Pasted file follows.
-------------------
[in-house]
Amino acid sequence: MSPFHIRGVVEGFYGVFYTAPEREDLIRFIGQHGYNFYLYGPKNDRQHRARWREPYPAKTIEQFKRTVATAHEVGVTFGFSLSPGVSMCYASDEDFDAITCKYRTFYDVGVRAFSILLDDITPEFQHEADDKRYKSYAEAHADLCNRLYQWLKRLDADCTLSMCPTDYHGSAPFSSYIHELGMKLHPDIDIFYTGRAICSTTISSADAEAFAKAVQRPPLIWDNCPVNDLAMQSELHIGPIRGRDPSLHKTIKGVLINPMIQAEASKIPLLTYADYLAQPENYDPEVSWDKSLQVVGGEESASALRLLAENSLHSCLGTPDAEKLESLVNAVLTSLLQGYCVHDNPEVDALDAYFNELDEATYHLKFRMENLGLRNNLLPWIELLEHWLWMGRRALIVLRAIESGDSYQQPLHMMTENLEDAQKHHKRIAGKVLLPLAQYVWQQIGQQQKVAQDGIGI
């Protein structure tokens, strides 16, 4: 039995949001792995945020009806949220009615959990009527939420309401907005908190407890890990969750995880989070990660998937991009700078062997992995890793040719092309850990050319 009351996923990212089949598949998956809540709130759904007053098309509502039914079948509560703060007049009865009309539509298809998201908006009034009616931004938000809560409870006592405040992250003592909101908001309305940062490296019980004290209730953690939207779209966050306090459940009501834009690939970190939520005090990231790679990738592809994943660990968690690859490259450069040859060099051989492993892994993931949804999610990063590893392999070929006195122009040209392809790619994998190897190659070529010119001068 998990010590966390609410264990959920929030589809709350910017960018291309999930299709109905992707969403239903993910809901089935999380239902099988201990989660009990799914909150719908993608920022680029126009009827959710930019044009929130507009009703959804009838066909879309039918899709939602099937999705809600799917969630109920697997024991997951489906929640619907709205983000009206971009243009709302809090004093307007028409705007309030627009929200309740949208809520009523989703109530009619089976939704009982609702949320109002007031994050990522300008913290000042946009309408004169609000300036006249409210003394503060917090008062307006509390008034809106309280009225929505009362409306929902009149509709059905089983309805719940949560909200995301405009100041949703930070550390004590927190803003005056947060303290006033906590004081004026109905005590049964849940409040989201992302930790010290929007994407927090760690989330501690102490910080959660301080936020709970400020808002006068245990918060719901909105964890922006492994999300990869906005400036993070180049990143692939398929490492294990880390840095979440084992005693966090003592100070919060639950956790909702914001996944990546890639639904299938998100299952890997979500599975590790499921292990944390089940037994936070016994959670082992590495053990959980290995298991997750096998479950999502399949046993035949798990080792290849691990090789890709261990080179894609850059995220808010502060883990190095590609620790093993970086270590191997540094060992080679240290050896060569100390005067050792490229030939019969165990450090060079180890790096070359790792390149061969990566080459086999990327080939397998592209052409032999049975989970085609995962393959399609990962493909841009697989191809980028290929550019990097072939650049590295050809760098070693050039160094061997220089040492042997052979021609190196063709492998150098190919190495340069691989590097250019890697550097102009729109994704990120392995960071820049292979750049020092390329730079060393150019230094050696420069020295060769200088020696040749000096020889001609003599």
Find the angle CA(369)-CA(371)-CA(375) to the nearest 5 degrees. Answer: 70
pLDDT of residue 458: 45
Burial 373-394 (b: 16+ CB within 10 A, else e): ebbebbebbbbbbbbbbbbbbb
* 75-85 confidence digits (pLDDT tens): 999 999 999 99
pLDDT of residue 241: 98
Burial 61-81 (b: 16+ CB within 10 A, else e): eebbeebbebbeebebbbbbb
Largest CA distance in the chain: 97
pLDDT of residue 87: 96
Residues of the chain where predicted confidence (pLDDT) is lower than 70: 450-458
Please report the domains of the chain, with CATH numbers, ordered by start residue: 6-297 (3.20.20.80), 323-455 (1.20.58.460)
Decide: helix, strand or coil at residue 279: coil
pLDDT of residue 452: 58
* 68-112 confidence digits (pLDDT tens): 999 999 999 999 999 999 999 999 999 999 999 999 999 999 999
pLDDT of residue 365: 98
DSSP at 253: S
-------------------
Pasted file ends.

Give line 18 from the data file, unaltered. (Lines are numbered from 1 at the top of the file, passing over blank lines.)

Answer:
DSSP at 253: S